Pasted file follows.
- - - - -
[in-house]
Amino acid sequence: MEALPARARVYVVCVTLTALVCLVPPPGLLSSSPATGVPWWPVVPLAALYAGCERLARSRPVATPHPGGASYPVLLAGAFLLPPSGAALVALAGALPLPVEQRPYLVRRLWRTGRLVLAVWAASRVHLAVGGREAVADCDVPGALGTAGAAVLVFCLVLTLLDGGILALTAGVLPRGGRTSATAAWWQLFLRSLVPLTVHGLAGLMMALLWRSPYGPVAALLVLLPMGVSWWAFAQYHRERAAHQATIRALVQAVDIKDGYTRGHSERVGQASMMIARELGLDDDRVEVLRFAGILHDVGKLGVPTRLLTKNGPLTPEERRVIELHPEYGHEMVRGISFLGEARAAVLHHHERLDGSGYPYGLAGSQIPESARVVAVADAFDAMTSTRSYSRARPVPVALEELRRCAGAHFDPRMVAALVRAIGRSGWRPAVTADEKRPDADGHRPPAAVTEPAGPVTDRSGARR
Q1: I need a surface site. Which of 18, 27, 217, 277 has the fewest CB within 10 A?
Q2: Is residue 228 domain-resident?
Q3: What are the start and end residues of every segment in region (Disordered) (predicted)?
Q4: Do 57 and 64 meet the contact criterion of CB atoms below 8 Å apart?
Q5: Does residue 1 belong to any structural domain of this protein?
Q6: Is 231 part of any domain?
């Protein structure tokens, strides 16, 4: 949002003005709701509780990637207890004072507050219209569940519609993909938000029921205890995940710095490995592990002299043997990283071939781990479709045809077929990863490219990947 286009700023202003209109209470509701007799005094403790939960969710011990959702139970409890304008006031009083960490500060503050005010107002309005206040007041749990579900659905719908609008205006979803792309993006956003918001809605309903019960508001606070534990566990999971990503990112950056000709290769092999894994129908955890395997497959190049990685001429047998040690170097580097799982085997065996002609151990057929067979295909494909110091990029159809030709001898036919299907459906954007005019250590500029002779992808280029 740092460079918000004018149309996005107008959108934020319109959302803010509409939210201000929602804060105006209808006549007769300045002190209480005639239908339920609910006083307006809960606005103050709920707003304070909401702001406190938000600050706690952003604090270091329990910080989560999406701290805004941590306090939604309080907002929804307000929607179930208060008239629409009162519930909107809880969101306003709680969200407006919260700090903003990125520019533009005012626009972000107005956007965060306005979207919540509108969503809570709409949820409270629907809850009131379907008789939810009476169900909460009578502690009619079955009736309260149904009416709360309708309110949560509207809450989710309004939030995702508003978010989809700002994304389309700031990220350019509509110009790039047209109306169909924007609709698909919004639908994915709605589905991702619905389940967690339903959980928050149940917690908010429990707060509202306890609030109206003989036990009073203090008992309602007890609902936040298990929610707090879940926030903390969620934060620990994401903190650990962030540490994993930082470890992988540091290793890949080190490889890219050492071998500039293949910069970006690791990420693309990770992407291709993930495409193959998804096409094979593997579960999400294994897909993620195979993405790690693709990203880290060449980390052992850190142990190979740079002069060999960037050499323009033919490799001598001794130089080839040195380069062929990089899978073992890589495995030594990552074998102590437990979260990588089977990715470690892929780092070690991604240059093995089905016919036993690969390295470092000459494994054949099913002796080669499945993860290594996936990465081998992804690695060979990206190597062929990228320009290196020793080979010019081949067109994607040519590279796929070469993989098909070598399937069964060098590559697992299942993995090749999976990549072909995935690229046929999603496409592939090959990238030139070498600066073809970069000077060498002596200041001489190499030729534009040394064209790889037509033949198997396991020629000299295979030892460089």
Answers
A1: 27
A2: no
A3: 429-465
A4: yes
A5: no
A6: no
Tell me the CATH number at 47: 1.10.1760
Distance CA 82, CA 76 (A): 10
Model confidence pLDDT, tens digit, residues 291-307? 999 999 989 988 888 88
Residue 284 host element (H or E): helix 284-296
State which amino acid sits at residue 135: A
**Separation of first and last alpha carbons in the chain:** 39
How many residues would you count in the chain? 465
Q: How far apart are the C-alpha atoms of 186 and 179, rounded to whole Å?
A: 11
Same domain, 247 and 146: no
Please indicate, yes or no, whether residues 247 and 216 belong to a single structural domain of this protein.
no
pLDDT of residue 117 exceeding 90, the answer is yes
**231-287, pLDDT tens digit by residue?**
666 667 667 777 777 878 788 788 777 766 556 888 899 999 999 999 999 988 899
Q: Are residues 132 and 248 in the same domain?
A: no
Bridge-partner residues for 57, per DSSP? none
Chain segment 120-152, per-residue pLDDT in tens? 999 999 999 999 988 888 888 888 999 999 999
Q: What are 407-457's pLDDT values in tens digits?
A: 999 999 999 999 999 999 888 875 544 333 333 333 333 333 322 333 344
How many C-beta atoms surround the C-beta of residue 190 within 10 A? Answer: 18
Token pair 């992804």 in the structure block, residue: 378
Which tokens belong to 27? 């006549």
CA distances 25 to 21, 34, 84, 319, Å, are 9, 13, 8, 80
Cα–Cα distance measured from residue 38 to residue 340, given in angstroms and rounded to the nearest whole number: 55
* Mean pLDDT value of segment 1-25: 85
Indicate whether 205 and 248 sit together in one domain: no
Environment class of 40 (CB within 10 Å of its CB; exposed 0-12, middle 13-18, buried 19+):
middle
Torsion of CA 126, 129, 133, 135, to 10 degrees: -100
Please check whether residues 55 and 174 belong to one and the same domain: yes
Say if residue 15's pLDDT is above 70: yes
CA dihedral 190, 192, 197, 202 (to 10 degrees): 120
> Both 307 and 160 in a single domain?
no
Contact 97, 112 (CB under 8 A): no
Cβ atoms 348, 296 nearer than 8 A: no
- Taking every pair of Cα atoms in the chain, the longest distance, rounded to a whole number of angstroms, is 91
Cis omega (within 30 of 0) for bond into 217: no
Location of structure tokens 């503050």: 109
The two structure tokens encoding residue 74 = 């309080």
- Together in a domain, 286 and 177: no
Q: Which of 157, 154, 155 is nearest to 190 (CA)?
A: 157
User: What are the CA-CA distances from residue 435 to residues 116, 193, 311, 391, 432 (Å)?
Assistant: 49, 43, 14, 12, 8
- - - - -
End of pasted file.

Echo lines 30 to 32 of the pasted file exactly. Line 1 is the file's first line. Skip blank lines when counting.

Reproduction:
**231-287, pLDDT tens digit by residue?**
666 667 667 777 777 878 788 788 777 766 556 888 899 999 999 999 999 988 899
Q: Are residues 132 and 248 in the same domain?